Pedro Nunes was born in the year 1502 in Alcácer do Sal (Portugal), former Salacia, reason why the toponym "Salaciense" was added to its name. Although descended from Israelites, he always witnessed the Christian faith. Of his childhood nothing is known, and of schooling there are few certainties. It is believed that he had learned in Portugal the first letters, Latin and the subjects of the Arts course, doing university studies in Salamanca (between 1521 and 1522), at an early age.
He married at 21, after graduating in Arts. He studied mathematics and attended some medical courses. He graduated in Medicine in 1525. In November 1529, he was appointed Kingdom cosmographer and, a month later, by competition, led the chair of Moral Philosophy at the University of Lisbon.
In 1537 Nunes moved to the University of Coimbra for a Mathematics chair where he remained until 1562. It was a new post at the university, which was created to provide instruction on the technical requirements for navigation, obviously a matter of great importance in Portugal at that time when sea control was a great Portuguese virtue. In addition to this post, he was appointed Royal Cosmographer in 1529 and Royal Chief Cosmographer in 1547. He remained in this post until his death.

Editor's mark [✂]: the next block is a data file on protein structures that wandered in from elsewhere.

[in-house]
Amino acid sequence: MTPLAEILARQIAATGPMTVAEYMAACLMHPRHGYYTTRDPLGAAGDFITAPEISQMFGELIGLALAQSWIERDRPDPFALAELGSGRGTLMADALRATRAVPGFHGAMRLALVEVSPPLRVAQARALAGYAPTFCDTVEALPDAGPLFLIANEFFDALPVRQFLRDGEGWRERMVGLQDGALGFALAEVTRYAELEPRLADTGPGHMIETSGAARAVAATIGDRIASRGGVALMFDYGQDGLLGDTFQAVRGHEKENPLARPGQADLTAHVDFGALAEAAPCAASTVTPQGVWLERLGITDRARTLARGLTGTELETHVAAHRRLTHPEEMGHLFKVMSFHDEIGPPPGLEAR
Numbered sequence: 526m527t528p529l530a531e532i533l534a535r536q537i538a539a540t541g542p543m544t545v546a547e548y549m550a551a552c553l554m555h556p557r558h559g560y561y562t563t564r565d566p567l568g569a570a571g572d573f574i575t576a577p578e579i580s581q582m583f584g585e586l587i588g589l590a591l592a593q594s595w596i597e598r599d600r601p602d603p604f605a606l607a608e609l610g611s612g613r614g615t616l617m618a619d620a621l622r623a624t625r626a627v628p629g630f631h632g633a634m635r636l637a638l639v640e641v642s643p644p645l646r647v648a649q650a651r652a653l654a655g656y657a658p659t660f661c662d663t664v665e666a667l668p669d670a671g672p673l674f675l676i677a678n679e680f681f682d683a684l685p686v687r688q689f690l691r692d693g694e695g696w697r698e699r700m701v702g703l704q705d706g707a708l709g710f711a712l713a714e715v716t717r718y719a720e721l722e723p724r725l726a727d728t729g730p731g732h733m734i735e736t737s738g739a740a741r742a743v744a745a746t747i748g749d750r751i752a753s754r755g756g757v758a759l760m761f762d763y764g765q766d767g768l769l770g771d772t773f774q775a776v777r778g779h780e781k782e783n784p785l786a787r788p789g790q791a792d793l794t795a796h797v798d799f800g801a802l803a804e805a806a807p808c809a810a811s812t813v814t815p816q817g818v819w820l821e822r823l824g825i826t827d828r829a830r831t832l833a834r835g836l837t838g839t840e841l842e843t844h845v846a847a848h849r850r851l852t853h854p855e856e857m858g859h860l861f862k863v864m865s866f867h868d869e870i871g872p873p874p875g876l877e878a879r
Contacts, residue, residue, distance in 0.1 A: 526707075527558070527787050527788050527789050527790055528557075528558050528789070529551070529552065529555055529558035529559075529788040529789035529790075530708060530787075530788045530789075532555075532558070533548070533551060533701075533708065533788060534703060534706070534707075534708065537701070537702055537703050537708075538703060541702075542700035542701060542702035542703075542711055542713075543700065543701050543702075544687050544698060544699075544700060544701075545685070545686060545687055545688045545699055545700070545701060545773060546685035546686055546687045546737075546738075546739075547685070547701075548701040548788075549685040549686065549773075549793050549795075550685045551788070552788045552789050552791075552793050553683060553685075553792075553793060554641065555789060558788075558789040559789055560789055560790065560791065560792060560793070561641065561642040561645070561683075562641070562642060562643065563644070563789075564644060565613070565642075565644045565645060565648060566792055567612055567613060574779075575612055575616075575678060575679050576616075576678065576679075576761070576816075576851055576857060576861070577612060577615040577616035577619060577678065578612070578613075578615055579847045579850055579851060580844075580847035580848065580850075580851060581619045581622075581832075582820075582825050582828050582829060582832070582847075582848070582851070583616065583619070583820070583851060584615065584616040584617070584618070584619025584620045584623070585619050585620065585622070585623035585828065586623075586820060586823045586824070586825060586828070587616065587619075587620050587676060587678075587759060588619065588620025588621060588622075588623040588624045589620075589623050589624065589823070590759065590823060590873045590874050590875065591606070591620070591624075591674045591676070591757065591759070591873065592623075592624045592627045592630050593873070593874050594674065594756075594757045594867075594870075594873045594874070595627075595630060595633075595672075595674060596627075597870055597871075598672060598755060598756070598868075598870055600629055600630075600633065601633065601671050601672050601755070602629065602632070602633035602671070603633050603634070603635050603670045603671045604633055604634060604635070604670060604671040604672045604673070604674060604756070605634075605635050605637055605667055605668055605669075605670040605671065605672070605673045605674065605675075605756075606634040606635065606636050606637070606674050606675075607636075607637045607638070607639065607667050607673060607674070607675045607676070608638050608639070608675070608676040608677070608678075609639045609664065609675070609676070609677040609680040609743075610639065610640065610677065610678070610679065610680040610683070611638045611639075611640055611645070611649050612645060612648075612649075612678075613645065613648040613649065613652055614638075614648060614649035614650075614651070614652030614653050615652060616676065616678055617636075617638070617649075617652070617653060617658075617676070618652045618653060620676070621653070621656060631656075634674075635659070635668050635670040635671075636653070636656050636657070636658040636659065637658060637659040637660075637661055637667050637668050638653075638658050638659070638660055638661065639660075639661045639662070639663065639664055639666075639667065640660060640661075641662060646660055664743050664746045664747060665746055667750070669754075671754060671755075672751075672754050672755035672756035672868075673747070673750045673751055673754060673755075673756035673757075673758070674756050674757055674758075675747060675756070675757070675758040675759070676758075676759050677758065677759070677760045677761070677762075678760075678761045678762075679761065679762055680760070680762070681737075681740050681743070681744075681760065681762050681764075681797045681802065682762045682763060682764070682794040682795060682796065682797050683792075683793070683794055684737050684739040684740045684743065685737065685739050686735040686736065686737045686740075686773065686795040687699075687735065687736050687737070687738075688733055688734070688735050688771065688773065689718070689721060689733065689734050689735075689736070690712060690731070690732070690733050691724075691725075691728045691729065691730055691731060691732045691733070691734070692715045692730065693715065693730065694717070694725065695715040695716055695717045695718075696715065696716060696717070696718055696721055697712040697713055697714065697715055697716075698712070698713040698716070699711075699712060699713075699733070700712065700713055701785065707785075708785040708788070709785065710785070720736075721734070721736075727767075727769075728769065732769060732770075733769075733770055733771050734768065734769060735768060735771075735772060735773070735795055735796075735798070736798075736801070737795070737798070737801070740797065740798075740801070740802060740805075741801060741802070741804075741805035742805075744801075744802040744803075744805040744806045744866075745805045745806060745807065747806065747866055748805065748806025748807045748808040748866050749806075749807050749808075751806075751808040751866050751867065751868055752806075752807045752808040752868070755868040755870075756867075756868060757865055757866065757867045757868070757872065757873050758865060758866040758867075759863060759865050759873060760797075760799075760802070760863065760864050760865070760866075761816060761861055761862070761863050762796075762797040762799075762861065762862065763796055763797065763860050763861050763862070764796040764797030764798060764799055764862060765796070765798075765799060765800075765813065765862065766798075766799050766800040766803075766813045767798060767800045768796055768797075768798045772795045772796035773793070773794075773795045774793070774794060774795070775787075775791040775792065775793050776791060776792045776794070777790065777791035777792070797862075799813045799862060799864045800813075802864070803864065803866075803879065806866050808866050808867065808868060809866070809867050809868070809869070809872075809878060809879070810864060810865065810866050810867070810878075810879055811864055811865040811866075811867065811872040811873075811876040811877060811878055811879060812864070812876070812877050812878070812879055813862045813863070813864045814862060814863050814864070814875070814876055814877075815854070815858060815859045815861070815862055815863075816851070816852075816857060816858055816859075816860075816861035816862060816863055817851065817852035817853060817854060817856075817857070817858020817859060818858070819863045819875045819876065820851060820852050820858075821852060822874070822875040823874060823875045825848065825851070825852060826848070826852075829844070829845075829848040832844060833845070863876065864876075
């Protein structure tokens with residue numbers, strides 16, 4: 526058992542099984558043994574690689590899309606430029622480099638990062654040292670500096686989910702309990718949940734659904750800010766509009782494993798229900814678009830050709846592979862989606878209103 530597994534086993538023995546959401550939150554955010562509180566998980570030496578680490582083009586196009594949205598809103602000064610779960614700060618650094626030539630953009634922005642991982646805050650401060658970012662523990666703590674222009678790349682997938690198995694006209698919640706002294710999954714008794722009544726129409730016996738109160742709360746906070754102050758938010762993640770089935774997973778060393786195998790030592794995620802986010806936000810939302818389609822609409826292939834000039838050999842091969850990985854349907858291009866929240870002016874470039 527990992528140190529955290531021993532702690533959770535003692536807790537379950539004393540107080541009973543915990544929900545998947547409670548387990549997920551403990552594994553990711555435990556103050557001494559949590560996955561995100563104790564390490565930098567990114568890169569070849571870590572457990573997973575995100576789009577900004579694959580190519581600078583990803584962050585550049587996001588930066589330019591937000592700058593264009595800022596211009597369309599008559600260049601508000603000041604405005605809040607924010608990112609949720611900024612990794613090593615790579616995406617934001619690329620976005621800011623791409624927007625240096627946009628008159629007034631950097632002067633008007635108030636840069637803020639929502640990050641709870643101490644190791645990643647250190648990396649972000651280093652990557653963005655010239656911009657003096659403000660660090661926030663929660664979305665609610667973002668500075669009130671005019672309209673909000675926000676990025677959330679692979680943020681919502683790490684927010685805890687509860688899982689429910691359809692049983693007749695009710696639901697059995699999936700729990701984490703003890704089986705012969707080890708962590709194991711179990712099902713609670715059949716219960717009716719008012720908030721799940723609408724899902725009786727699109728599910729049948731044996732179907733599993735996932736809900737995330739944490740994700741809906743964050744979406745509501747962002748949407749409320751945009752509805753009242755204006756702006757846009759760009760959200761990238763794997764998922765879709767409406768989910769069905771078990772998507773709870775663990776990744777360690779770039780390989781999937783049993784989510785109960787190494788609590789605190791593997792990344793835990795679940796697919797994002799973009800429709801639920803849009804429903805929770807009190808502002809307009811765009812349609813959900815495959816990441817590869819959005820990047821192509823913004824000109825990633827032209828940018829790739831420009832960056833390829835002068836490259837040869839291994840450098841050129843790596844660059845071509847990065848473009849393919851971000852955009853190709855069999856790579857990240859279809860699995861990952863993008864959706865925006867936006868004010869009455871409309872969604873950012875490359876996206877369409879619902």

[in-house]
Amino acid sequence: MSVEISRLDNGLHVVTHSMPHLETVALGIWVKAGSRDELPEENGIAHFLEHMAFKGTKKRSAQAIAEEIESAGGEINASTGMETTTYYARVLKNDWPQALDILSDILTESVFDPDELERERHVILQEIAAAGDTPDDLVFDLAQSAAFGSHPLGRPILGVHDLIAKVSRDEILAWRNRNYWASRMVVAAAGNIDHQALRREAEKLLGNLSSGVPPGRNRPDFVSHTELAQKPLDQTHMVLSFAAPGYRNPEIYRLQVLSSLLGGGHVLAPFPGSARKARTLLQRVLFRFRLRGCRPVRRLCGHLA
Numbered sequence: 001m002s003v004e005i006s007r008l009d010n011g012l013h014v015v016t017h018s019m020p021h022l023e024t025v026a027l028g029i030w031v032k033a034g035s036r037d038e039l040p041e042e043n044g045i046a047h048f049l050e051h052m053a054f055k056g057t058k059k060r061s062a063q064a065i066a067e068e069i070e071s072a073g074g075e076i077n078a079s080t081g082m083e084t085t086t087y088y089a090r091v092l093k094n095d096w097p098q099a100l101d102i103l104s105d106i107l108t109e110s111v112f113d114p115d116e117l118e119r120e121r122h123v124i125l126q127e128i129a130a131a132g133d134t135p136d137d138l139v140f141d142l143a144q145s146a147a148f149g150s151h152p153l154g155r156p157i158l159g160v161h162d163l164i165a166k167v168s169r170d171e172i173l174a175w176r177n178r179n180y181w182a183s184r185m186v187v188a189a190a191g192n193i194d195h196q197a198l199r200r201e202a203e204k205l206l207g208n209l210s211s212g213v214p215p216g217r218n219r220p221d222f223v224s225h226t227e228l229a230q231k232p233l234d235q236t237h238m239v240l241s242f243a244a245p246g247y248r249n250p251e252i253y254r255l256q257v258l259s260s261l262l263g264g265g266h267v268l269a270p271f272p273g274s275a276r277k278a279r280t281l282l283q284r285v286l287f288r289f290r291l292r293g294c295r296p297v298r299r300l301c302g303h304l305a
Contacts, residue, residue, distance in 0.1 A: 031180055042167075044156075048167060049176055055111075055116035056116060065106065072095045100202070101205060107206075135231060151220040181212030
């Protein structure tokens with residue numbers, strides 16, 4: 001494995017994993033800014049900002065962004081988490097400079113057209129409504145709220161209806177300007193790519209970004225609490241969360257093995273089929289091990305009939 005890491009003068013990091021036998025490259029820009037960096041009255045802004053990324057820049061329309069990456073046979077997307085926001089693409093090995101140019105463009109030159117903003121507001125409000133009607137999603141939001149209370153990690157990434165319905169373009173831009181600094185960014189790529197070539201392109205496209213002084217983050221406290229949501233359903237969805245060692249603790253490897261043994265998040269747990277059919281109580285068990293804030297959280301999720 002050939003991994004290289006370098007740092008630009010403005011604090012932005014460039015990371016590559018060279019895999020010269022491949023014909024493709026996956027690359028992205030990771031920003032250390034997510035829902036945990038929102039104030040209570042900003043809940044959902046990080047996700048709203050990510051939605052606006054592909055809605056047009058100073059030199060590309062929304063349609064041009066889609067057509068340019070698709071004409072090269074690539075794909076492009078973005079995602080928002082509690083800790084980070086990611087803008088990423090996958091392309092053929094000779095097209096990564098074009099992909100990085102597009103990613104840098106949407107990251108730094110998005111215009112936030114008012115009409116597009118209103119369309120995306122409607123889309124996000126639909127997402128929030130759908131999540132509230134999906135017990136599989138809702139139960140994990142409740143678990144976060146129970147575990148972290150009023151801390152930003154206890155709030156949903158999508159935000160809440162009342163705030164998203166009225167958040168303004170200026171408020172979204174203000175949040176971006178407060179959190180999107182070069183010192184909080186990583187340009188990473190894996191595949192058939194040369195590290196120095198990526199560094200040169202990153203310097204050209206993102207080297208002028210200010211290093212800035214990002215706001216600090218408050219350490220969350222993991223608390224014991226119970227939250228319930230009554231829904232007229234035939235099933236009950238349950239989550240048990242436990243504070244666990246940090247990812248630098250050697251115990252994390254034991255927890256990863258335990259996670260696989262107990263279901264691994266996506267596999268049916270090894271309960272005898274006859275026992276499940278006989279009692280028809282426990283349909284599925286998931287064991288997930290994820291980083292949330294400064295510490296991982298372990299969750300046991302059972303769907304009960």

Nunes worked with geometry and trigonometry on the sphere, publishing the work Treatise on the Sphere. He has also done important work in algebra and published Algebra in Spanish. Outside mathematics, he studied geography, physics, cosmology and wrote poetry. Also made an important contribution to navigation by writing Navigandi Libri Duo in 1546.
He invented various instruments for the art of sailing, such as Nónio, and wrote many books, focusing on various subjects, such as nature, geography, mathematics, among which stand out some titles of works that have become famous: "Book of Algebra in Arithmetic and geometry "," Treated for the Maritime Charter "," De crepusculis "," Tablets of the Movement of the Sun "," First Book of Geography - Commented Translation "and" Treatise of the Sphere - Sun and Moon Theory ".
Bibliography: MacTutor History of Mathematics archive.